Students and faculty expressed deeply-entrenched frustrations about the administration’s handling of racial issues at a forum held Wednesday that brought together approximately 200 members of the Cornell community.
The forum was held in response to an incident that occurred at the Sigma Pi fraternity on Sunday morning, in which a person or group of people on the roof of the fraternity reportedly threw bottles and other objects at black students who were walking by the house. Sigma Pi was placed on interim suspension Tuesday, and the incident is currently being investigated by police.
Prof. N’Dri Assie-Lumumba, Africana studies, said that the administration has often employed “damage control politics,” adding that its responses to racial incidents have not been adequate.
Though the event was held in response to the controversy, it proved a venue for the airing of other grievances.
Africana studies professors at the forum also criticized the administration for not including them in major decision-making processes, pointing to the decision made in December 2010 to merge Africana into the College of Arts and Sciences.
Prof. Carole Boyce Davies, Africana studies and English, likened the incident at Sigma Pi to the way that professors in the Africana department are typically treated by the University.
“Symbolically, we are thrown bottles by the institution itself,” Boyce Davies said.
After the forum, Catherine Jung ’13 said that the event deepened her frustration with the administration, saying that the administrators’ responses at the forum were “about damage control” and that the administration failed to listen and only defended itself.
Kunbi Adefule grad agreed, saying that although she has been to forums like this before, “a lot of the time the administration says that they are going to do something, but they never carry it out.”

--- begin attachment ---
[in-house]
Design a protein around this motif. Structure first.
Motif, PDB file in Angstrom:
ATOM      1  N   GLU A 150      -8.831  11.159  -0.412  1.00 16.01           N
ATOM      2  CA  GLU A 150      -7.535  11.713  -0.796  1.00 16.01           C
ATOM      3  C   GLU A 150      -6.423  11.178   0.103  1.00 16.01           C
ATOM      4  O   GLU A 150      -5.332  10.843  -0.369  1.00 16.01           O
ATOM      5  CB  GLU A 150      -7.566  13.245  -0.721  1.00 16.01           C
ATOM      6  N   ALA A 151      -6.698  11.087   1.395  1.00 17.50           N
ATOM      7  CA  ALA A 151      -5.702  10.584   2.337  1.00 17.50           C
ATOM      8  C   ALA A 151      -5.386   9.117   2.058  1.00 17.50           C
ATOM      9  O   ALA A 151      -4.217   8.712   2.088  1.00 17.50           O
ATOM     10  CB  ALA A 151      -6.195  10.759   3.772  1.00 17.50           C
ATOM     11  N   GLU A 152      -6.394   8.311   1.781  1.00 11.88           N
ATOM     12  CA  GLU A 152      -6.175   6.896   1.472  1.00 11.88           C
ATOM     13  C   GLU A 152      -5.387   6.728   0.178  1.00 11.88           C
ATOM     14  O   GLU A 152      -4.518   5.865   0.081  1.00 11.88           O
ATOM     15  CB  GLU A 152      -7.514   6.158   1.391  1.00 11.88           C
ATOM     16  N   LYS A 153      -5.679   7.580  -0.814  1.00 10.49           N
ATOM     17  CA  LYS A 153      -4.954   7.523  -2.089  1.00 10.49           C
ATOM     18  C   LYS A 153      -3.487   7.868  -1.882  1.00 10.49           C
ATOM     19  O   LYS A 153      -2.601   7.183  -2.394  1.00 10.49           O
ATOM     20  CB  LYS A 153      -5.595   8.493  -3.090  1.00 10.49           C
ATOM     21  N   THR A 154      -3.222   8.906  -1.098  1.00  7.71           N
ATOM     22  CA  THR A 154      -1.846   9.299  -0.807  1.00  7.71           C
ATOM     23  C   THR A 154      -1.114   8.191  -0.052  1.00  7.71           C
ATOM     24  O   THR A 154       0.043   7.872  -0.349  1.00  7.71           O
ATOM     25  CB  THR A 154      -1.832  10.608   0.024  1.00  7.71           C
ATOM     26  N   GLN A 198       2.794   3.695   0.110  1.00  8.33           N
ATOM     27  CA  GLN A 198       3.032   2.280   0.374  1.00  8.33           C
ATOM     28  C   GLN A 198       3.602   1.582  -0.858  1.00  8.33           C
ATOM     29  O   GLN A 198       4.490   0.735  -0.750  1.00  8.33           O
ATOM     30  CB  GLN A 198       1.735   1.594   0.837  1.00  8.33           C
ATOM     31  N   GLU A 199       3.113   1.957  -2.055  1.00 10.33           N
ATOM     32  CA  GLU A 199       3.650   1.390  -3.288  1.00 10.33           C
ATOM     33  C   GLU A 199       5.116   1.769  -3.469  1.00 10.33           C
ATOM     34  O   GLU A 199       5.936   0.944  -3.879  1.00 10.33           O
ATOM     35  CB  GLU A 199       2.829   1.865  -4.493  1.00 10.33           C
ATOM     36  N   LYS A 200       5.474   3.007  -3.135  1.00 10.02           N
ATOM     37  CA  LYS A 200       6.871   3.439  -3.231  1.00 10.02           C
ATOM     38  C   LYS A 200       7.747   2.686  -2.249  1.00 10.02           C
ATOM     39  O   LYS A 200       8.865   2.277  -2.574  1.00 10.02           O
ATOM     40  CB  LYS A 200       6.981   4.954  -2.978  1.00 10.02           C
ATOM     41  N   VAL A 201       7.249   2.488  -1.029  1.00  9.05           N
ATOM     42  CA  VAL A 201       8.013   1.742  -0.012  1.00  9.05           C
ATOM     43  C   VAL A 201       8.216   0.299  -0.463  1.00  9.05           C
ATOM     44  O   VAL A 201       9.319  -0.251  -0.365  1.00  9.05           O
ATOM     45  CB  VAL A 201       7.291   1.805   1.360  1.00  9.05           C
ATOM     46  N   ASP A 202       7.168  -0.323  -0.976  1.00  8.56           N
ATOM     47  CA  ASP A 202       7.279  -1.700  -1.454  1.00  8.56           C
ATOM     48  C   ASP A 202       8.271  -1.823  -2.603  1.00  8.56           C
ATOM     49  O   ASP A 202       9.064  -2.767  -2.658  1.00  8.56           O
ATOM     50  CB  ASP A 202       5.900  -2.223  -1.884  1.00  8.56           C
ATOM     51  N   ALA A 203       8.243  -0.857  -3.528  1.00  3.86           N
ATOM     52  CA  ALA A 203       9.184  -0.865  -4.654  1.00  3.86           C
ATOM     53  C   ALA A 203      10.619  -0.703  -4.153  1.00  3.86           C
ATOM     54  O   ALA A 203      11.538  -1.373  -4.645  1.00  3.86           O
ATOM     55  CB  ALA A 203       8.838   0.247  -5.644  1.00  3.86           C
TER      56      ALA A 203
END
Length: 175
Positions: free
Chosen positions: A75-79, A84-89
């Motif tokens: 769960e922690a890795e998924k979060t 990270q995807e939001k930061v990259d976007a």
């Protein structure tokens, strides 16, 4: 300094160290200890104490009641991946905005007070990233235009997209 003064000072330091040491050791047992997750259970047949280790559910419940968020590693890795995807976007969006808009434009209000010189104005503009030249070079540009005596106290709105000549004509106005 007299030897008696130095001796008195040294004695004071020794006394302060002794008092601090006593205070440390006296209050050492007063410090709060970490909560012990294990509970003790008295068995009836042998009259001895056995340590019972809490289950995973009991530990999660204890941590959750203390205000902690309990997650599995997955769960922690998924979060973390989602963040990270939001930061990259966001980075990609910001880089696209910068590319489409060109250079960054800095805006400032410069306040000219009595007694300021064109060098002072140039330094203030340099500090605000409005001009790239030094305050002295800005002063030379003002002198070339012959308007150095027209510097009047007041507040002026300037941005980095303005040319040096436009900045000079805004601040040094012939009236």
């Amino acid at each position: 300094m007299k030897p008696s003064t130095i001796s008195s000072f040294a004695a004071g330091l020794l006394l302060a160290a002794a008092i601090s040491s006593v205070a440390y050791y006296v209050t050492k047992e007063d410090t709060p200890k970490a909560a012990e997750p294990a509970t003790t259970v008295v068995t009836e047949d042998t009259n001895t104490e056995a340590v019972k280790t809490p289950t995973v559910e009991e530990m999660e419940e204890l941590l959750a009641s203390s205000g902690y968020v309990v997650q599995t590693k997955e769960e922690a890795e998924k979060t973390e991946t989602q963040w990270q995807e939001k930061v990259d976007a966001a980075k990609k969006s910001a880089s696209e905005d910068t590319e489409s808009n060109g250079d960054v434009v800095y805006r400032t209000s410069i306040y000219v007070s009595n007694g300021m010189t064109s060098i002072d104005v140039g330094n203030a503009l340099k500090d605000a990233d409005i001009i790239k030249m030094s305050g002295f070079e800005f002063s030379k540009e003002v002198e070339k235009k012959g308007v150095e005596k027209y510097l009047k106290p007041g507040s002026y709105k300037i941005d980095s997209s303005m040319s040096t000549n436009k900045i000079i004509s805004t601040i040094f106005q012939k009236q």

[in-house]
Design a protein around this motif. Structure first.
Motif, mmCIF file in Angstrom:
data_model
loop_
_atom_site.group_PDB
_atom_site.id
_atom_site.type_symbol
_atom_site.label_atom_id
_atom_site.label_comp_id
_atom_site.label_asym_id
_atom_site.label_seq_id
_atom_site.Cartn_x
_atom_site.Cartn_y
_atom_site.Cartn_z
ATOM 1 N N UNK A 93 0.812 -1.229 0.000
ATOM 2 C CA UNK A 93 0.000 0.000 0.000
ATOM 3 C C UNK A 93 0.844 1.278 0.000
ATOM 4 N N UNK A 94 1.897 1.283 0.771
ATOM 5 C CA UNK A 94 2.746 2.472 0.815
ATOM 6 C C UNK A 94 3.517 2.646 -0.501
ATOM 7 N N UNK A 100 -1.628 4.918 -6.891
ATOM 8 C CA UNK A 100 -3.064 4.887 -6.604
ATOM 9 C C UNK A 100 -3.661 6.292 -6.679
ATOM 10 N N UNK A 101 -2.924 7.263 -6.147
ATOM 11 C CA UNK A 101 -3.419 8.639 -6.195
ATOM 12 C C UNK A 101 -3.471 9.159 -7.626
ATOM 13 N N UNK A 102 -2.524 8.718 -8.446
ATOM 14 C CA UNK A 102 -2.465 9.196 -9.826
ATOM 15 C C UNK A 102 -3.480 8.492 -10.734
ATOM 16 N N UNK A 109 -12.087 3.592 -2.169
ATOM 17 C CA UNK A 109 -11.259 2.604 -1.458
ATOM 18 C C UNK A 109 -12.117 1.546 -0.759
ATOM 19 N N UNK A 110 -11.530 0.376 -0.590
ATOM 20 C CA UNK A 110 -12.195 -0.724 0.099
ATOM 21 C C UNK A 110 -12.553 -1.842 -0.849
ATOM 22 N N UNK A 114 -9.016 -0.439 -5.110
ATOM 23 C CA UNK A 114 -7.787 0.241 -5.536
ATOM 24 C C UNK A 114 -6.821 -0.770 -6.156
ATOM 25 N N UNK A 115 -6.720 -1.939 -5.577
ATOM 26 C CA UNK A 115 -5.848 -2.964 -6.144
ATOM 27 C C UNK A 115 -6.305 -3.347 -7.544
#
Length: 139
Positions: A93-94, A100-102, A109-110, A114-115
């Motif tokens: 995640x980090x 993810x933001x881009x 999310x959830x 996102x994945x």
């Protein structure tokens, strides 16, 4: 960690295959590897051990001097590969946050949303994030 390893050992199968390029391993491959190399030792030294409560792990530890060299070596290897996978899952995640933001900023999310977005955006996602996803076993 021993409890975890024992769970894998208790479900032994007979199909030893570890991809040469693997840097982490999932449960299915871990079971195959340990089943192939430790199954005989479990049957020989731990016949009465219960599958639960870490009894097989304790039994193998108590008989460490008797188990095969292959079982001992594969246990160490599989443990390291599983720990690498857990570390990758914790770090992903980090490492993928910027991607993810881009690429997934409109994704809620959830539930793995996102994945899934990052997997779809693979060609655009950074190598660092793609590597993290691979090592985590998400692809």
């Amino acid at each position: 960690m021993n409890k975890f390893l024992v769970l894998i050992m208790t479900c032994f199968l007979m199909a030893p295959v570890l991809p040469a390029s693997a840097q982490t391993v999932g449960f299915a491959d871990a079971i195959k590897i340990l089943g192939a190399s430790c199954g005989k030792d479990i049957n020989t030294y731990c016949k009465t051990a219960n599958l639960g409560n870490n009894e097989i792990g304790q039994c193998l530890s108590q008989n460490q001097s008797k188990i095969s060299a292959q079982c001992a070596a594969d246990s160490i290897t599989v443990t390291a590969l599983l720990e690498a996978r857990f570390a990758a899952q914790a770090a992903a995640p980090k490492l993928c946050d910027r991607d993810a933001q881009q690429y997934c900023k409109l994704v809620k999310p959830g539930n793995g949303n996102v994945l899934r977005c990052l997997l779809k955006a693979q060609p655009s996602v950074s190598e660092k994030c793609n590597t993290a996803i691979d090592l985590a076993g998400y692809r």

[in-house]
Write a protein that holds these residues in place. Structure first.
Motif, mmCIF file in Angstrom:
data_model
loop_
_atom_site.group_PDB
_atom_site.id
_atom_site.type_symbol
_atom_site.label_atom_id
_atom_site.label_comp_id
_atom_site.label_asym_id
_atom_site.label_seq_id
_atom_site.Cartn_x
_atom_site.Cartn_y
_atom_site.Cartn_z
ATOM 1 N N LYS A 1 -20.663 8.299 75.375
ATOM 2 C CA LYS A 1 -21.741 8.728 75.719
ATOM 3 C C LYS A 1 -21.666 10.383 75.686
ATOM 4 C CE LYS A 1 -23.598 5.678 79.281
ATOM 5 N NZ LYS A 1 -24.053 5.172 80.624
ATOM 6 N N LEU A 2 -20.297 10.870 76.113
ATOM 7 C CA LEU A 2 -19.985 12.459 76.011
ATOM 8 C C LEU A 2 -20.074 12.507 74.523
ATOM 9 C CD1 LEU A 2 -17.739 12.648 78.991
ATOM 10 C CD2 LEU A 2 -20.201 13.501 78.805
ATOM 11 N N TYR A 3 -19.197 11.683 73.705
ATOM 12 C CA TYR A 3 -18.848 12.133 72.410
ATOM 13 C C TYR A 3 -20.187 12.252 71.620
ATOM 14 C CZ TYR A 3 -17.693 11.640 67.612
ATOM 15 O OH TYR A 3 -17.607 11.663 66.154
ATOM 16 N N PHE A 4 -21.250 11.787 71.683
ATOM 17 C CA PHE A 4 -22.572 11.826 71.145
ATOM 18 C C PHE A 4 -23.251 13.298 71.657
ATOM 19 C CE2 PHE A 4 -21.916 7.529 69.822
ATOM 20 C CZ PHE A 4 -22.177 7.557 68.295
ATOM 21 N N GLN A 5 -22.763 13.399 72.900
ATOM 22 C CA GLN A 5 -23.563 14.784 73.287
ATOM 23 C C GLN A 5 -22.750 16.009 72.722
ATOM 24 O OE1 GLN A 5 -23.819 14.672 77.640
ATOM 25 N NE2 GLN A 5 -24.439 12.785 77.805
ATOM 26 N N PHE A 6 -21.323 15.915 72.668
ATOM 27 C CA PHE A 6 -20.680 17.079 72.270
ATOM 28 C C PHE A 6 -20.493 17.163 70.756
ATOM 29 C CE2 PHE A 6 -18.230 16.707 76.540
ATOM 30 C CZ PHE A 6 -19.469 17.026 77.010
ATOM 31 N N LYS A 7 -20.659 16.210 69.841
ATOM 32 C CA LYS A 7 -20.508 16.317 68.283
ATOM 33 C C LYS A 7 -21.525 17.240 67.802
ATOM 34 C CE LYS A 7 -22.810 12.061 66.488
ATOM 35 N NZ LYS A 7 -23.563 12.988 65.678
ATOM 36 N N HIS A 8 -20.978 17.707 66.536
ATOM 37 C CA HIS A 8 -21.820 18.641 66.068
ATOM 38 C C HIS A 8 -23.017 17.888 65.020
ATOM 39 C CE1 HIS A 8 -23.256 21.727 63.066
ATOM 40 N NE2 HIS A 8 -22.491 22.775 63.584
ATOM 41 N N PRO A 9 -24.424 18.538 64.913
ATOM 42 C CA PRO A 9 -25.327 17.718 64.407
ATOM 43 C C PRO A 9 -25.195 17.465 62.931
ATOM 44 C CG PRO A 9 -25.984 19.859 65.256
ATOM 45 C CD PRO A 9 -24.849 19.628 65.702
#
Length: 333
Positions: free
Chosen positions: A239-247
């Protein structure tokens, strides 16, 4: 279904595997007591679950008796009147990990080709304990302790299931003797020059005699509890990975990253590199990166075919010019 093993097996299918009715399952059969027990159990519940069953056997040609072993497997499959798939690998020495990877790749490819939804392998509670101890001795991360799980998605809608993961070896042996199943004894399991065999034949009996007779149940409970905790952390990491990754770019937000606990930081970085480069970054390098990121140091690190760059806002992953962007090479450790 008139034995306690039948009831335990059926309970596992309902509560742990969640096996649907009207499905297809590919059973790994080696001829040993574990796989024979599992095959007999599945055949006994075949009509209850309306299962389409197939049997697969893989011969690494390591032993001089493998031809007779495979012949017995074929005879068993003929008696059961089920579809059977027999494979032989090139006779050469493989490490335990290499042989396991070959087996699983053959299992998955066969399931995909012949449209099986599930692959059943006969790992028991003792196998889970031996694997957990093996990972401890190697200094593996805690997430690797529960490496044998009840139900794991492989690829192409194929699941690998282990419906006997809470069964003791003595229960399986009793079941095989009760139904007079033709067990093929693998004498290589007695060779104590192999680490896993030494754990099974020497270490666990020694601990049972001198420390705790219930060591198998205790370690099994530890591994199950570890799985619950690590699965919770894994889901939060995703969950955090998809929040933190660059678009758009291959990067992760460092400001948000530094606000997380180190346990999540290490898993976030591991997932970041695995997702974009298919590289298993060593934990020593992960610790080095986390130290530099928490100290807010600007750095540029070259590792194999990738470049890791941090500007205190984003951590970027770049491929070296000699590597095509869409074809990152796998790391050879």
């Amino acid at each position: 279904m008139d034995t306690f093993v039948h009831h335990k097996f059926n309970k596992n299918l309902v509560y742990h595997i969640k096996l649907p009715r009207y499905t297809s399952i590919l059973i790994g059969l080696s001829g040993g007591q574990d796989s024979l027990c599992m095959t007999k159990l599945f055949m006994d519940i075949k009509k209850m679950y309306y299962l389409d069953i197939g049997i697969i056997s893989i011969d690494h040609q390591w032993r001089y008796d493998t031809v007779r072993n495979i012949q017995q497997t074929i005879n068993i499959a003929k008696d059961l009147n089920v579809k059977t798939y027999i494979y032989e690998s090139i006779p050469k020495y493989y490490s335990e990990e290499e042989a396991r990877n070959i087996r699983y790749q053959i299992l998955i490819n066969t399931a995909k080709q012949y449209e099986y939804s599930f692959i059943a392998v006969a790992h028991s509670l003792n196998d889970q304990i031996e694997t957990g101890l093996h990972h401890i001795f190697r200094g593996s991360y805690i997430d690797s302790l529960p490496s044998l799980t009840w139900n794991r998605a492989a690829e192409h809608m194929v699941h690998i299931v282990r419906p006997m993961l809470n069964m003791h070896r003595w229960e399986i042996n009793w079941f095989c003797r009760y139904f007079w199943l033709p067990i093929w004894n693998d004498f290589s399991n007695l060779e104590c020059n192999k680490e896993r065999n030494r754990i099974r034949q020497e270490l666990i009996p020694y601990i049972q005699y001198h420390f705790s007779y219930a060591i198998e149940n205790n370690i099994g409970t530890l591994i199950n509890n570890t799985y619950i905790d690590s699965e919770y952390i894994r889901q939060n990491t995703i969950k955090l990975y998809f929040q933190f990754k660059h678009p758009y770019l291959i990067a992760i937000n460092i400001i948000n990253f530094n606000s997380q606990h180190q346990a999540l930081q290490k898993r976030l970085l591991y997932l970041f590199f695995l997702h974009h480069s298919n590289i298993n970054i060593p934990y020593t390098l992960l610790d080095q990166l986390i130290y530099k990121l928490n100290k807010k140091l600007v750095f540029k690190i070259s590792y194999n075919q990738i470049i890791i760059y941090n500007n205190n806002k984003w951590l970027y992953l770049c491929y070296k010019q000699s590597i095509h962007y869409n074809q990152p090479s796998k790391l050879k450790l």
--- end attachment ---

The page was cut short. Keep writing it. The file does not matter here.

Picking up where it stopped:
When Omar Figueredo grad asked for a more concrete evidence that the administration prioritizes ethnic studies programs and hiring of faculty of color, Provost Kent Fuchs said that the University spends two million dollars hiring faculty of color “for my office in this broad area to arts college.”
When Figueredo responded, “two million dollars, what is that, two faculty members?” Fuchs said that it was two million dollars per year, and that “that is a lot of faculty.”
When Courtney Knapp grad asked what the university was doing to make “substantive, actual policy and practice changes,” Susan Murphy ’73, vice president for student and academic initiatives, responded with a list of initiatives under way — including the “fundamental restructuring of the office of academic diversity initiatives” and “initiatives … for first generation students.”
Some students at the forum also raised concerns that the incident that occurred at Sigma Pi was not an isolated occurrence.
Karin Zhu ’12, vice president of external affairs for the Cornell Asian Pacific Islander Student Union, cited examples of racism she has encountered on campus.
Questioning the structure of the Greek system, Zhu also claimed that “there’s very, very few minorities” in “the highest ranking sororities.”
“Where are the priorities? Do we matter?” Zhu said.
“Of course you matter. All communities on campus matter,” Murphy said in response.
In order for the Greek system to remain relevant to the University, however, Murphy said it must adapt to “represent what the student body looks like.”
Other students said that the incident that occurred at Sigma Pi was symptomatic of issues affecting more than just the Greek system.
As Karim Abouelnaga ’13, co-president of Black Students United, recounted the events of the incident, he said “the incident was not a Greek or, more broadly speaking, a Sigma Pi issue.”
Following Abouelnaga, Sigma Pi President Zach Smith ’13 told the audience that the fraternity “offers the sincerest apology for the terrible incident that happened last weekend.”
“We don’t condone in any way what went on,” Smith said. “We’re all here tonight to listen and learn from the conversation that will be had.”
Sheri Notaro, associate dean for inclusion and personal development, said she hoped the forum would create an opportunity for “the entire community to come together” and to brainstorm suggestions on “how to move forward” so that all members of the community can feel safe and included.
Ava Post ’13 said that although the forum was limited because there were overwhelmingly more minorities than white students attending, it was nonetheless productive.
“We have to start somewhere,” she said.